The nematode worm Caenorhabditis elegans is a relatively simple model for understanding neuronal connections, synaptic processes, and the relationship between the neural system and animal behavior (Ward et al., 1975; Chklovskii, 2004; Gray et al., 2005; Schafer, 2016; Karbowski, 2018). The adult hermaphroditic form has two distinct nervous systems, one somatic with 282 neurons (White et al., 1986) and a second pharyngeal system with 20 neurons (Albertson and Thomson, 1976). These neurons are overconnected as a network and likewise each neuron is expected to chart a path of three or less synapses to any other neuron in the system (Bargmann, 2012; Yan et al., 2017).

However, typical use of the neuronal network is constrained and regulated by the mechanism of neuronal modulation (Nadim and Bucher, 2014). Another constraint is the finding that this network in C. elegans favors certain motifs in the case of neurons with five or more synapses. These motifs include the feed-forward loop, bi-fan, and bi-parallel motifs (Milo et al., 2002). These motifs are indicative of the building blocks of a C. elegans neural circuit and therefore a fundamental unit in the explanation of information processing, input of sensory information, and output for motor control of the animal.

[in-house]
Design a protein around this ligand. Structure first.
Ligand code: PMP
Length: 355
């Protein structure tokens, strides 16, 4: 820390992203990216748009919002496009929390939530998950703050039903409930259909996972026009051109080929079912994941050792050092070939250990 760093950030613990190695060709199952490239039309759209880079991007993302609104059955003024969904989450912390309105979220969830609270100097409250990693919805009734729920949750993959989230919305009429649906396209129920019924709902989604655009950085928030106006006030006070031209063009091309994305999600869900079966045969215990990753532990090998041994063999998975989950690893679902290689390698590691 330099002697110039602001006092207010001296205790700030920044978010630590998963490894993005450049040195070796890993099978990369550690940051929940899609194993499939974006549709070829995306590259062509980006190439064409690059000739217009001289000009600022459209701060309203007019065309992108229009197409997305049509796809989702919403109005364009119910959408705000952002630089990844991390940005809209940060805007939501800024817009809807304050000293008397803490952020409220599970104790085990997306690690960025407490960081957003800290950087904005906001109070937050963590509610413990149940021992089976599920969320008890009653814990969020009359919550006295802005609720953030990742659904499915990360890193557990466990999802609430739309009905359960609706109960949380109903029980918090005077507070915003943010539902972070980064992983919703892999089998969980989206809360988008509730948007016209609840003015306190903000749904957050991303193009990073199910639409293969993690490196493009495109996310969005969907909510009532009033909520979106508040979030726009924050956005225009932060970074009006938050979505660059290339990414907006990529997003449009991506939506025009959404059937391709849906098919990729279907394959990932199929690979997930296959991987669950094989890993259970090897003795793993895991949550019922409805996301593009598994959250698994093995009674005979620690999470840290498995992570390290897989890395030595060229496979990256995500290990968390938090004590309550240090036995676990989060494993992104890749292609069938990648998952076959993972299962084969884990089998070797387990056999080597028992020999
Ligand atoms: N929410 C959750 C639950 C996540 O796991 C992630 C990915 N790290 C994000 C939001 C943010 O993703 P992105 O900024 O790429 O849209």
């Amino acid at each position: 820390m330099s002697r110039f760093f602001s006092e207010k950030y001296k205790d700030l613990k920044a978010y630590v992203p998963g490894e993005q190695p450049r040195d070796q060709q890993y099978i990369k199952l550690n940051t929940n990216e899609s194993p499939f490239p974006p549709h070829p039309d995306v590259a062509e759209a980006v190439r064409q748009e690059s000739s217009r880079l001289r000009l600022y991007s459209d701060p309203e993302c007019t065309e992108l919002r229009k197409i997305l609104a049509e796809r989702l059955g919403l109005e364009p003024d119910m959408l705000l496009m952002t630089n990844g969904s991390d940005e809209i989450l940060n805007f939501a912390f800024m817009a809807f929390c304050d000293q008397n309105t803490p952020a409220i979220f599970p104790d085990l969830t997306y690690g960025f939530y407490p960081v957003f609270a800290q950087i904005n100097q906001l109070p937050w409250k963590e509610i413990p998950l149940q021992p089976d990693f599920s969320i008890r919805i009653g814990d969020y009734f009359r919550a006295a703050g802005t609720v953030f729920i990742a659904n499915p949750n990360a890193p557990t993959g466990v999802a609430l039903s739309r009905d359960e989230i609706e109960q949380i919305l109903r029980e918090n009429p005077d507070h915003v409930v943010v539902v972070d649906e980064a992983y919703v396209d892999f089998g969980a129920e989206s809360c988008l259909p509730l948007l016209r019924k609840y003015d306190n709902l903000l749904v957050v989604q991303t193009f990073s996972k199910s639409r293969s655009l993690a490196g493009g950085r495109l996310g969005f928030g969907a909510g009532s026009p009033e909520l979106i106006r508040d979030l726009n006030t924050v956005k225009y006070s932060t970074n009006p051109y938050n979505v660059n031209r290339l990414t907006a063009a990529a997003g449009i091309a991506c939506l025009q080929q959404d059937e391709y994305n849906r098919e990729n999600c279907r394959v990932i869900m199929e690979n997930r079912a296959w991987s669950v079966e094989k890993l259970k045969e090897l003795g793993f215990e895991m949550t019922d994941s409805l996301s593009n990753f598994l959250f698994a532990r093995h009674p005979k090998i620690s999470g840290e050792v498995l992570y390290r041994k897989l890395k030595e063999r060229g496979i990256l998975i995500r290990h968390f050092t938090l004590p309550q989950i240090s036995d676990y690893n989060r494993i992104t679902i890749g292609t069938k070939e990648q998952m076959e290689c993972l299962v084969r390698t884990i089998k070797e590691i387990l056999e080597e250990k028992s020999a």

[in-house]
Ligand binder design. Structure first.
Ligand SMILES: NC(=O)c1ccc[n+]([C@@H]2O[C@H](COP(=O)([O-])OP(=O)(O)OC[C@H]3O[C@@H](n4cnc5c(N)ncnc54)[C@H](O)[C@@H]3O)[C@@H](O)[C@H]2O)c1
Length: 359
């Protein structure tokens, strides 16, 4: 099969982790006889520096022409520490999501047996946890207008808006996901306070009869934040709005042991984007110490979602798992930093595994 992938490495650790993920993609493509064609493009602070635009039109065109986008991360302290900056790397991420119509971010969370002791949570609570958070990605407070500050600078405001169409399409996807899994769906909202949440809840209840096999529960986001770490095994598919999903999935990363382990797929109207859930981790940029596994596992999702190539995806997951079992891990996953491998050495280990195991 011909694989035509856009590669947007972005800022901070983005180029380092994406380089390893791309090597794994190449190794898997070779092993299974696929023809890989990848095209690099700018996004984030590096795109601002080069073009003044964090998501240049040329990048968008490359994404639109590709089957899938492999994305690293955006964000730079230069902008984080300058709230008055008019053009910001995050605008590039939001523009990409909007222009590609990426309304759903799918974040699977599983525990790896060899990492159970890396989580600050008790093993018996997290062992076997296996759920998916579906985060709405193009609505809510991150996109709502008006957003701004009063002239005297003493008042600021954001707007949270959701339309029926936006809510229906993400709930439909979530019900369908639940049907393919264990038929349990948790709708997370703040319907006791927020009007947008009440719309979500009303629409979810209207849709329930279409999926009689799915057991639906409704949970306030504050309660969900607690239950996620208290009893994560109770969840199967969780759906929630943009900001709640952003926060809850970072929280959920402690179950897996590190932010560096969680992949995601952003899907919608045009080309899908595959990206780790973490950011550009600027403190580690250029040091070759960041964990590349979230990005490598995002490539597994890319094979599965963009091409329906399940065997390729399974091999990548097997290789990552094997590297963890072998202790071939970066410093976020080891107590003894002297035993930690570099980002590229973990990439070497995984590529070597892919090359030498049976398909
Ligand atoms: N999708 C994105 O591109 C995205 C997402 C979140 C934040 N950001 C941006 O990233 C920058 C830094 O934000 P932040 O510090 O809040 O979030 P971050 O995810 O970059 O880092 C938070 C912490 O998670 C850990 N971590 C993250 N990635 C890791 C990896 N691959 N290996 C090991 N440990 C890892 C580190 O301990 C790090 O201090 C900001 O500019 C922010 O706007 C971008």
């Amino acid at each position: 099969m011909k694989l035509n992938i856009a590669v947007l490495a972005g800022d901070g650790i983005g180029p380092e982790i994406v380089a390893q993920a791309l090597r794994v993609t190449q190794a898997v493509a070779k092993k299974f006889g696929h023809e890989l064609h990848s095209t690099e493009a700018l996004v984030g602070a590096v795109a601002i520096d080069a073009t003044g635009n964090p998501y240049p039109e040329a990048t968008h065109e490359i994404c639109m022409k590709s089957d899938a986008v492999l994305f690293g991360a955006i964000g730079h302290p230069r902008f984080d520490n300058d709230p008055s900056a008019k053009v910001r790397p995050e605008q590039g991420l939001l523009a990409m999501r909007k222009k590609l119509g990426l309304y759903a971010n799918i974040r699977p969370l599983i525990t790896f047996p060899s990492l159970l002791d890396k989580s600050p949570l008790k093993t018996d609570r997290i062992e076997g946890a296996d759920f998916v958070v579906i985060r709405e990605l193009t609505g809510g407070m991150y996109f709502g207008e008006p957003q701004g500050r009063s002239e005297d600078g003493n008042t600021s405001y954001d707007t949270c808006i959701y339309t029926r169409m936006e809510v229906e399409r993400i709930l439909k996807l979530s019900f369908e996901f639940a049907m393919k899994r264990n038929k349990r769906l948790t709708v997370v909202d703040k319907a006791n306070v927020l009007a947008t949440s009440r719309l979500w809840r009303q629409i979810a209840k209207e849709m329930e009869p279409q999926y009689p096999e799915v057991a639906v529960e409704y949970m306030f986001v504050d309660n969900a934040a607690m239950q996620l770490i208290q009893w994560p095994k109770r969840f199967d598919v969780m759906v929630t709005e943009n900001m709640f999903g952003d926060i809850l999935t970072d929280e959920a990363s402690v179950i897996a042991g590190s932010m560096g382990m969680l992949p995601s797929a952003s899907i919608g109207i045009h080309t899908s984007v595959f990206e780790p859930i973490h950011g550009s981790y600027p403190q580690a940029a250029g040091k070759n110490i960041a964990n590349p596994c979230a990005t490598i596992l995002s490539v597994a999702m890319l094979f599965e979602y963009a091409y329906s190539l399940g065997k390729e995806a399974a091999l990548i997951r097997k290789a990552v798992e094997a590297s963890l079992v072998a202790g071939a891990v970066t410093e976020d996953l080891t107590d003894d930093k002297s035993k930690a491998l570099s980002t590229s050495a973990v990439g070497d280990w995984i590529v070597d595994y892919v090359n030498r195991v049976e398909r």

The anatomy of a typical neuron includes the soma cell body size, the number of dendrites, branches from the axon, and axon length (Ascoli, 2006; Scorcioni et al., 2008; Figure 1). The web database at http://NeuroMorpho.Org includes curated records of digitally reconstructed neuron structure and their morphological measurements across many animal species (Meijering, 2010; Donohue and Ascoli, 2011; Feng et al., 2015). This data was analyzed by principal component analysis (PCA) to further our understanding of the distinctiveness of neuronal morphology in C. elegans (Costa Lda et al., 2010; Guerra et al., 2011; Hobert et al., 2016) and also its relationship to the number of synaptic connections per neuron (Chklovskii, 2004; Elston, 2007; Rees et al., 2017).